Moyra Smith

Professor of Genetics, Pediatrics/Newborn, Anatomy & Neurobiology
School of Medicine

Ph.D., University College, London, 1972


M.D., Pretoria, South Africa, 1969

Phone: (949) 824-7312
Fax: (949) 824-2089
Email: dmsmith@uci.edu

University of California, Irvine
C234 Med Sci I
Mail Code: 4475
Irvine, CA 92697


Research
Interests
Human gene mapping
   
Research
Abstract
Research Interests:

Human gene mapping
Analysis of genes which play a role in mental retardation and behavioral problems
Analysis of allelic variation in human genes: genotype phenotype correlation
Analysis of genetic changes in human tumors

My research activities are interdigitated with my clinical responsibilities in Human Genetics and Inborn Errors of metabolism. Frequently clinical activities and research activities have proven to be synergistic. Diagnostic studies in a number of our patients with birth defects led to the identification of chromosome rearrangements or deletions. We were able to use cell lines from these patients in fine mapping of human genes to specific chromosomal regions.

Tuberous sclerosis is a dominantly inherited disease, which may lead to seizures, mental retardation and the development of tumors (hamartomas) in brain, kidney. Approximately 10 years ago we began clinical and genetic studies in TSC at UCI and we collaborated on linkage analysis in this disorder with national and international groups. Our studies led to the identification of genetic heterogeneity in TSC and to the assignment of the TSC2 gene to chromosome 16p13.3. Our studies at UCI revealed that hamartomas from TSC patients frequently show loss of heterozygosity fo markers on chromosome 16p13.3, indicating that deletions occur in this chromosomal region in some TSC hamartomas. This finding led us to hypothesize that the TSC2 gene acts as a tumor suppressor gene. The TSC2 gene was cloned by an International Consortium in 1996, and it was shown to have homology with the GTPase activating protein of the Rap oncogene. TSC1 gene was cloned by an International consortium in 1998. We are currently carrying out mutation analysis and genotype phenotype correlation in our patients with TSC.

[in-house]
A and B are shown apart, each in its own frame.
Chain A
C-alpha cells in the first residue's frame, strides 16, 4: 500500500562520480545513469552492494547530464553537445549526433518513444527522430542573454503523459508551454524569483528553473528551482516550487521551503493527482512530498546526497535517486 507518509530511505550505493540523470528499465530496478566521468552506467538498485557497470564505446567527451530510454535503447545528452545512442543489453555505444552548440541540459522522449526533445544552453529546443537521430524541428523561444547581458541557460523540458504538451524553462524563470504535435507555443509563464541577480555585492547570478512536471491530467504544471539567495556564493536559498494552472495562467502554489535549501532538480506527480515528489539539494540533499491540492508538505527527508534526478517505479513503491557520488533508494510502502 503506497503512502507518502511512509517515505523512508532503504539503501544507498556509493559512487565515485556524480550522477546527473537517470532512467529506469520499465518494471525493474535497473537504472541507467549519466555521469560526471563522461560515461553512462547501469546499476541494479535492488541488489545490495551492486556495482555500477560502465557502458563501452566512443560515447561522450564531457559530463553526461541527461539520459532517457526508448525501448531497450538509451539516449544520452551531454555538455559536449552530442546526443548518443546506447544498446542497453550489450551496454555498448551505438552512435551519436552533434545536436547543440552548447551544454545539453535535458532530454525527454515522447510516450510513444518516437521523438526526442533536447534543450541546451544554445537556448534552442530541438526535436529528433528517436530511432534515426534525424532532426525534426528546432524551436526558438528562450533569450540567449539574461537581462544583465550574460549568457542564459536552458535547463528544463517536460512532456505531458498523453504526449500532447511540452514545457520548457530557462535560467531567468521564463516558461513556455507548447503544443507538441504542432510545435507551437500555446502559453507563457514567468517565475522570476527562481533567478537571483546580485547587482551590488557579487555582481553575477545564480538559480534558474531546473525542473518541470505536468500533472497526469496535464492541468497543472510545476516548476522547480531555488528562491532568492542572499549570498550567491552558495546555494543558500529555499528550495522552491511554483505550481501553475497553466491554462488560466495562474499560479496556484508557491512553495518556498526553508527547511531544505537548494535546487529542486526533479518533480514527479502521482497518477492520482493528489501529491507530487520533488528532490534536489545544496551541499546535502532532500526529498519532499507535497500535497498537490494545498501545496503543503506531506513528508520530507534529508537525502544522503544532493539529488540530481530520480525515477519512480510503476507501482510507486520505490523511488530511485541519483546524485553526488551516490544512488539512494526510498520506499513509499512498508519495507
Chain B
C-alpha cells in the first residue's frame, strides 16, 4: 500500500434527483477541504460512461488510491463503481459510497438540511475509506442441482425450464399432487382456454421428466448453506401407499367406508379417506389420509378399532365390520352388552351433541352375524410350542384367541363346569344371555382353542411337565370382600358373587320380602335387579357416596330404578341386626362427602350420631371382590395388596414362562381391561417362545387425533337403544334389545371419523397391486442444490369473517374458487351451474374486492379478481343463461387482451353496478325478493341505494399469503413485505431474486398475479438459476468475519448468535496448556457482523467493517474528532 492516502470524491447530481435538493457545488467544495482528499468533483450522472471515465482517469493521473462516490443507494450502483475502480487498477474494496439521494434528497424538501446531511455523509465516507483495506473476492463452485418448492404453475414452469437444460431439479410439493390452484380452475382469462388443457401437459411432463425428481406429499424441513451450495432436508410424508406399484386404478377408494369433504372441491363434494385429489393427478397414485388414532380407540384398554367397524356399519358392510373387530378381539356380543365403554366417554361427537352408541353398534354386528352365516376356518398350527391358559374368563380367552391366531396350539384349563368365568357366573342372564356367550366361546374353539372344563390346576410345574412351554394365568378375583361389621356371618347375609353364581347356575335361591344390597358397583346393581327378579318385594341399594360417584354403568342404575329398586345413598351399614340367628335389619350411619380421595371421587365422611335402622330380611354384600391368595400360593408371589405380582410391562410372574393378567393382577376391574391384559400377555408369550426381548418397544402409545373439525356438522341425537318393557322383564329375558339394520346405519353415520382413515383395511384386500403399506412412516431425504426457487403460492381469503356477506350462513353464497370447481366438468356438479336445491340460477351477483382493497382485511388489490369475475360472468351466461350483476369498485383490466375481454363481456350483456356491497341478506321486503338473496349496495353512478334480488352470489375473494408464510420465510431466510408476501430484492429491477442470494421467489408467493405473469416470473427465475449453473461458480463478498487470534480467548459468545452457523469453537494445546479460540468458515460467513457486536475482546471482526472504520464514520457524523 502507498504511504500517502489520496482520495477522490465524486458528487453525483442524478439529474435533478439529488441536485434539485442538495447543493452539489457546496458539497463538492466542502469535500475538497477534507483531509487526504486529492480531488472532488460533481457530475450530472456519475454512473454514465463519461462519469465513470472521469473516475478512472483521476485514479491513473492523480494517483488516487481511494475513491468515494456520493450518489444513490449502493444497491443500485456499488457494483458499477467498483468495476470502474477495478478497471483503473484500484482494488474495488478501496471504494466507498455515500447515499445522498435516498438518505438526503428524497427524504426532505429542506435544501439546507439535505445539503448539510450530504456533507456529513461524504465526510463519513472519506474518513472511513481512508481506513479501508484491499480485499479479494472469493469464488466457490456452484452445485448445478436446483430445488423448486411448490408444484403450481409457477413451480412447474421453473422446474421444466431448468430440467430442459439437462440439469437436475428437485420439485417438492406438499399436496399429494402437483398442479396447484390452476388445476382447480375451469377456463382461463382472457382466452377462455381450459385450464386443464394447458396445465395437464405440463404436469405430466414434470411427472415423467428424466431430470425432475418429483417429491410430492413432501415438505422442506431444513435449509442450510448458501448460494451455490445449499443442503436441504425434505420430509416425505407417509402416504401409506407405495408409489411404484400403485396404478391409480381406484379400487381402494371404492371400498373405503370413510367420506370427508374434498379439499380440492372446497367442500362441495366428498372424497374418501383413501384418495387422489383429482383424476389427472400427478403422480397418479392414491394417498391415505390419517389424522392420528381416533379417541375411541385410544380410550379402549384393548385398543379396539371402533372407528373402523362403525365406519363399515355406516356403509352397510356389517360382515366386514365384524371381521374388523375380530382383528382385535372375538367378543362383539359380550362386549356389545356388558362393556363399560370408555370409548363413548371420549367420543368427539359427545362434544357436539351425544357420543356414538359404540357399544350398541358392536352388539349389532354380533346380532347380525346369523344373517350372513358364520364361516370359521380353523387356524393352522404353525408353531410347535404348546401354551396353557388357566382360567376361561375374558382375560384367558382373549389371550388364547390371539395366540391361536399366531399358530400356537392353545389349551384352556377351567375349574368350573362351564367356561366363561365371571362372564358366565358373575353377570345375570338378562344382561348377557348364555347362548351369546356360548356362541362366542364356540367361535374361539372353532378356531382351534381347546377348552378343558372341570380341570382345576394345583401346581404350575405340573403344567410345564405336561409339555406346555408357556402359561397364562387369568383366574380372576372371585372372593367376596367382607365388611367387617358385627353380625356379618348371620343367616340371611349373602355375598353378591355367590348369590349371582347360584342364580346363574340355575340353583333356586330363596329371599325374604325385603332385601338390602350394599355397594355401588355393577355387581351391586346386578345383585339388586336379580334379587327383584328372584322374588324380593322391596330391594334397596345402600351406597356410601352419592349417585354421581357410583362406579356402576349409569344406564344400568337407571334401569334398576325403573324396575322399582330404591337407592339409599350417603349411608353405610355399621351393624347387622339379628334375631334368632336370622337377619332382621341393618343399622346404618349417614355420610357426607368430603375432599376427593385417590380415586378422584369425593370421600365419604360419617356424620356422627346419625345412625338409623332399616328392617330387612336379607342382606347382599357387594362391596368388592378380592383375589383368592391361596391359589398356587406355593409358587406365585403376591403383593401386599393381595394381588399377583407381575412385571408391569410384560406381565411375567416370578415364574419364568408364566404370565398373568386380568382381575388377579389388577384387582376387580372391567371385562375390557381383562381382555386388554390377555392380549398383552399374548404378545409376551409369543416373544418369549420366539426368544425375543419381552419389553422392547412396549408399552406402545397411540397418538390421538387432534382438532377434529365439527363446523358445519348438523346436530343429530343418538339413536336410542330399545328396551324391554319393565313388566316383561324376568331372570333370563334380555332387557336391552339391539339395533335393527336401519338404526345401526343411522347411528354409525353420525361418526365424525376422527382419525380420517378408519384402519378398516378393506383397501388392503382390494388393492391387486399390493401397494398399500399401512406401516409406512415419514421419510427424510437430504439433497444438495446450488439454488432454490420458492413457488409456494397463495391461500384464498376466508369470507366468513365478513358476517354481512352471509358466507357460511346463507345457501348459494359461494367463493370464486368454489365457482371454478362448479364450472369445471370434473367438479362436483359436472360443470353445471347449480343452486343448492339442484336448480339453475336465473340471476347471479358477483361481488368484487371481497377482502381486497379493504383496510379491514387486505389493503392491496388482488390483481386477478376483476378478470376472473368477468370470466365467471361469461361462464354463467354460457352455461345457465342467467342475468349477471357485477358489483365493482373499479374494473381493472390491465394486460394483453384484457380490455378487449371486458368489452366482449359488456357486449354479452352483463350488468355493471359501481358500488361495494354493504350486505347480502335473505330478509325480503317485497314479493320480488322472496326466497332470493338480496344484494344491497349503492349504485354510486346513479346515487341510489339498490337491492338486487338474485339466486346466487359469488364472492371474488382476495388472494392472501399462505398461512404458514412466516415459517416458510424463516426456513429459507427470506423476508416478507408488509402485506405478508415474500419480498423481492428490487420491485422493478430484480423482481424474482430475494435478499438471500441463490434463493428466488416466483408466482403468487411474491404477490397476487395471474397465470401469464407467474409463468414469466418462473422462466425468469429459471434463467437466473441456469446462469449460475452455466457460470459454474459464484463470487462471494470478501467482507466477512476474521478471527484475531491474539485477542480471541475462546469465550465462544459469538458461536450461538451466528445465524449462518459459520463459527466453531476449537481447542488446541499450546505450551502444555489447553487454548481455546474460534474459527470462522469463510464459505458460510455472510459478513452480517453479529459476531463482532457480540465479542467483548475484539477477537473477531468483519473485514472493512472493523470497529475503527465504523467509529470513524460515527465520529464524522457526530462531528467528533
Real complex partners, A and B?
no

As co–director of the Molecular Core of the UCI Mental retardation Research center I participate with other investigators in initiation and feasibility studies of projects involving analysis of genetic variation in genes which may play a role in Mental Retardation.

As co–investigator on the Autism Program Project at UCI I participate in studies aimed at identifying etiologically distinct sub–types of Autism and to map the loci relevant for each sub–type. There is a growing body of evidence that a gene or genes on chromosome 15 play a role in Autism. We have detected deletion of a marker in the chromosome 15q22 region in a child with Autism and are conducting studies to define which critical genes may be deleted in this child.
   
Publications Lamber, T. C., R. A. Schultz, M. Smith, C. Wagner-McPherson, L.D. McDaniel, T. Donlon, E. J. Stanbridge, and E. C. Friedberg. 1991. Functional complementation of ataxia-telangiectasia group D (AT-D) cells by microcell-mediated chromosome transfer and mapping of the AT-D locus to the region 11q22-23. Proc. Natl. Acad. Sci.USA 88:5907.
   
  Gomez, M. R. and M. Smith. 1992. The Tuberous Sclerosis Complex, In Conneally (ed.) Molecular Basis of Neurology. In press.
   
Graduate Programs Cancer Biology

   
Research Center Autism Program Project
   
   
Link to this profile http://www.faculty.uci.edu/profile.cfm?faculty_id=2391
   
Last updated 04/08/2002